In both the November and December Omnibus Household Survey, the Bureau of Transportation Statistics asked Americans about their December holiday travel plans. BTS found that fewer Americans plan to travel during the 2001 December holidays than actually traveled last year (Table 1). Prior to September 11, approximately 47 million adults planned to travel this year during the December holidays. This is fewer than the 62 to 66 million American adults who traveled for the December holidays last year. After the September 11 tragedies, the number of adults who plan to travel during the December holidays declined to approximately 39 million. These data are consistent with AAA, who predict that 57.1 million Americans (including children) will be traveling during the December holidays. Both BTS and AAA data show that air travel is down approximately 20 percent from last year at this time.
More Americans plan to travel farther during the December holidays than Thanksgiving (Figure 1). Approximately 14.7 million Americans plan to travel 600 miles or more during the December holidays while only 9 million Americans planned to travel that far for Thanksgiving. Approximately 7.3 million Americans plan to travel 1500 miles or more during the December holidays while fewer than 3 million Americans planned to travel that far for Thanksgiving.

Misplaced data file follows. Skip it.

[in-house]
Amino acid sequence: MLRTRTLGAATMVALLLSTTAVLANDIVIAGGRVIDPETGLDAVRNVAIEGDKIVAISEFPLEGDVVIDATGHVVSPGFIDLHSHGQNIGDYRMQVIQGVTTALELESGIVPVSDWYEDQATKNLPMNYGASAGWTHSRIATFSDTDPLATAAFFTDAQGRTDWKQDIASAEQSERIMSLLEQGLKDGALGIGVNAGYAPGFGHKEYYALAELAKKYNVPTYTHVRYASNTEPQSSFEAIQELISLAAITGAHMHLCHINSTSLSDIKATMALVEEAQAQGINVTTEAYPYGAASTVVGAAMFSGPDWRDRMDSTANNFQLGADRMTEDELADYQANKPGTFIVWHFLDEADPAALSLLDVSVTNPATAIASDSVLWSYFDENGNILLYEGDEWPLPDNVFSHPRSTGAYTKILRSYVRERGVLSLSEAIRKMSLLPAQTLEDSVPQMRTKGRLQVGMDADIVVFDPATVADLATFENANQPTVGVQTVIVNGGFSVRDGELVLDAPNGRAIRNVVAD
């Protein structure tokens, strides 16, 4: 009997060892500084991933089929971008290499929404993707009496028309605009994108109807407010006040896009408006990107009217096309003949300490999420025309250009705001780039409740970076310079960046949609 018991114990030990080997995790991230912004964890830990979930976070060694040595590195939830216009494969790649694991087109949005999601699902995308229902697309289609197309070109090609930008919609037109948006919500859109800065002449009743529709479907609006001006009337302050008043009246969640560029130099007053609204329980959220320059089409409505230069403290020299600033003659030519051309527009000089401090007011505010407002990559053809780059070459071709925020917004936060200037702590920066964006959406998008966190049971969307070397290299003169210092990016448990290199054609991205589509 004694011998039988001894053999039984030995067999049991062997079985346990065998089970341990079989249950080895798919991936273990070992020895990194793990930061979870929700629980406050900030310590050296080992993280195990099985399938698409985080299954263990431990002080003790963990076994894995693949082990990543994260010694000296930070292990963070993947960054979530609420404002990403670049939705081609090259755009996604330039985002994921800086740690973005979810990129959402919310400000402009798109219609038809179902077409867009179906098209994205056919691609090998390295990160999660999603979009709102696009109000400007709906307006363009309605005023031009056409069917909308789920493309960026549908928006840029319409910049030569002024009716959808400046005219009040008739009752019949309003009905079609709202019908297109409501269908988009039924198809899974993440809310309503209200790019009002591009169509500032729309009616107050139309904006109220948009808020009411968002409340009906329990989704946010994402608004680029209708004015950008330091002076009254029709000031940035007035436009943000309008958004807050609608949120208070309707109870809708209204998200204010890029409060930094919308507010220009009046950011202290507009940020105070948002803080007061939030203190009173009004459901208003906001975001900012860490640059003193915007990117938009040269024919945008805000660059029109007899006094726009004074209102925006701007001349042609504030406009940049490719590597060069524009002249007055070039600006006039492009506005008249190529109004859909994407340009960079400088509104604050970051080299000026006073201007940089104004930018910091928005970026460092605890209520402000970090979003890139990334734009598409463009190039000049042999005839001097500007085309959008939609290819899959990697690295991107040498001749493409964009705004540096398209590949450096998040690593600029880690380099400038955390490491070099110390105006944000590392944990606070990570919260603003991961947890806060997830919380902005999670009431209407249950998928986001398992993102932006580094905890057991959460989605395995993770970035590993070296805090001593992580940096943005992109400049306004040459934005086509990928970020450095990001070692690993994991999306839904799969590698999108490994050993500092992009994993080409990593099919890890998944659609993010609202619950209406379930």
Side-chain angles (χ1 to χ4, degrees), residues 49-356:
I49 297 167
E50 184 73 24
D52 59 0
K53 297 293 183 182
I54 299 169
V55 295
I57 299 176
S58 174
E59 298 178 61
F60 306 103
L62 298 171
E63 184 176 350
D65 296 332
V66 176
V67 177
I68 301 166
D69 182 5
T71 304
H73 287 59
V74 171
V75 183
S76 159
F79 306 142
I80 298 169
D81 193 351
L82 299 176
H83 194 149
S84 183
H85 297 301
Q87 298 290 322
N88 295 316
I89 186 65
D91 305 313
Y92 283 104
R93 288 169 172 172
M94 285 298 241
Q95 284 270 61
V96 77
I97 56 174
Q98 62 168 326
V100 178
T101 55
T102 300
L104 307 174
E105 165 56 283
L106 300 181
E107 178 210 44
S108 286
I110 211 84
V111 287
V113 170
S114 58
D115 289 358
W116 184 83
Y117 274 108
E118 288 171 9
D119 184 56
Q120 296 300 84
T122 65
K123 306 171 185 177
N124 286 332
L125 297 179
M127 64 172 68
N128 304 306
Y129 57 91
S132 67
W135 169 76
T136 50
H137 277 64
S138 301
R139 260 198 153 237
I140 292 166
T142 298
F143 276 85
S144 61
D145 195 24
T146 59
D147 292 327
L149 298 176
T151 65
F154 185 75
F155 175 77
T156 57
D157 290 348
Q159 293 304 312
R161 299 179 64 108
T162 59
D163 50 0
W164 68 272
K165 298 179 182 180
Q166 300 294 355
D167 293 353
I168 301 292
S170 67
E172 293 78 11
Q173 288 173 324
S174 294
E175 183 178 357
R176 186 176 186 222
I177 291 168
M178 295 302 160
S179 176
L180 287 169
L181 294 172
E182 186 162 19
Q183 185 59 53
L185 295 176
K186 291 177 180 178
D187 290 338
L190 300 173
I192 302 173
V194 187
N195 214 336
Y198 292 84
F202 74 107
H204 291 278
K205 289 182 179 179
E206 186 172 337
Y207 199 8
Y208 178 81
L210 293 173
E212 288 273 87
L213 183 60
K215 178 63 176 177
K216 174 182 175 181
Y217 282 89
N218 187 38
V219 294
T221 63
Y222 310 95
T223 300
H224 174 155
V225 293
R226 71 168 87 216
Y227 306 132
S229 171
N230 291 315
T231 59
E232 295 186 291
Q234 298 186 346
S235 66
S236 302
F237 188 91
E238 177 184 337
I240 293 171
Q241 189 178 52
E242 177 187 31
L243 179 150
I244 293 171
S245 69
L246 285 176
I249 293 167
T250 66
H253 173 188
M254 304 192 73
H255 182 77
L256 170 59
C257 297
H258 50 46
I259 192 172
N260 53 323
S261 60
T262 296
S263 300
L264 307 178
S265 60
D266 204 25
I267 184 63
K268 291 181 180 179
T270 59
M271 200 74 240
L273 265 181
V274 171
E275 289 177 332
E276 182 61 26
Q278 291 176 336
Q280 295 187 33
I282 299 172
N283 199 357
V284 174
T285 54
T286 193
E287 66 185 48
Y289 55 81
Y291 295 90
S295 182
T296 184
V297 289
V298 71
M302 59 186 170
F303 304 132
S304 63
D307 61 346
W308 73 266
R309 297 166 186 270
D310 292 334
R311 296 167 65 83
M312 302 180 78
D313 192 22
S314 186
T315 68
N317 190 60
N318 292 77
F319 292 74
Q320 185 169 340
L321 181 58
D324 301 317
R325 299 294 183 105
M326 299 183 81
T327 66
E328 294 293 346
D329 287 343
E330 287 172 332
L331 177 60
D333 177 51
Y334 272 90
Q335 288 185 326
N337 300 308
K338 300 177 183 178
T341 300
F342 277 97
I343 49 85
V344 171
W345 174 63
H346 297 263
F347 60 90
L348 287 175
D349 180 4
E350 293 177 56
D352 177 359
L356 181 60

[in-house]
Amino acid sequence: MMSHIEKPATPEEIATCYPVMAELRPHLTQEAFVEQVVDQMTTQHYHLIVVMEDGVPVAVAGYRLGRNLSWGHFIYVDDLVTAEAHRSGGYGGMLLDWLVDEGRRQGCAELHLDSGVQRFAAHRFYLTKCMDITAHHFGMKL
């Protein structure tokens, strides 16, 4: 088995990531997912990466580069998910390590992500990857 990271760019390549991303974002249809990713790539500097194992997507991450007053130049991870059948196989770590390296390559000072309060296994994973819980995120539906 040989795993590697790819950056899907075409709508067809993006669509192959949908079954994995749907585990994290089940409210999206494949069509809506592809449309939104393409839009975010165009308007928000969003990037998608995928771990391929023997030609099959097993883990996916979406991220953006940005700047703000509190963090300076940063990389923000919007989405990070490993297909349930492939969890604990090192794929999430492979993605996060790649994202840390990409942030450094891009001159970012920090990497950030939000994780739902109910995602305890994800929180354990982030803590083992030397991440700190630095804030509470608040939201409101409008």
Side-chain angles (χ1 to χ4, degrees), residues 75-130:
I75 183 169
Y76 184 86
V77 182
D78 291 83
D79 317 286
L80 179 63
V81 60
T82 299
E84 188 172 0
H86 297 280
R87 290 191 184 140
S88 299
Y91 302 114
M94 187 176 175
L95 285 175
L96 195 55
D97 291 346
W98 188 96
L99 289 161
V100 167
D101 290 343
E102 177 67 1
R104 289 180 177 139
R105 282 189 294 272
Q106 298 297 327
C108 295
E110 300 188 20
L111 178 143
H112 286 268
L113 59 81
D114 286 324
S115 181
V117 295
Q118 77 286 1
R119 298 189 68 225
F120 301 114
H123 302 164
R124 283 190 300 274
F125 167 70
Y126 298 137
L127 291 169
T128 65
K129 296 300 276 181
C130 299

The number of Americans planning to fly during the December holidays is not quite twice the number who planned to fly for Thanksgiving (9.1 million during the December holidays vs. 5.3 million for Thanksgiving), perhaps because so many Americans plan to travel farther in December (Figure 2). Conversely, fewer Americans plan to use their personal vehicles for their December holiday travel.
Among Americans who before September 11 had planned to travel for the December holidays and still plan to travel, about 1.4 million said they changed their chosen mode of transportation as a result of the events of September 11 (Table 2). Almost 66 percent (of the 1.4 million) switched from commercial air to personal vehicle. Another 8 percent switched from train to personal vehicle. However, almost 7 percent who had planned to travel by personal vehicle switched to commercial air.
Data presented in this issue of OmniStats are from the February 2002 BTS Omnibus Household Survey. Data for the survey were gathered from approximately 1000 randomly selected telephone households. The response rate for the February 2002 survey was 46.2 percent. The survey has a margin of error of plus or minus two percent. The data are weighted to allow inferences about the noninstitutionalized population, aged 18 years or older who are currently living in the United States. Because the data come from a sample, they are subject to both sampling and nonsampling error. Sampling error may affect the reliability of an estimate. Nonsampling error can affect both the reliability and accuracy of an estimate and is more difficult to measure. The most general categories of nonsampling error are coverage error, nonresponse error, response error, processing error, and estimation error. For additional information about the survey, please contact Liz Grossman, email@example.com. Press contact: Dave Smallen, firstname.lastname@example.org.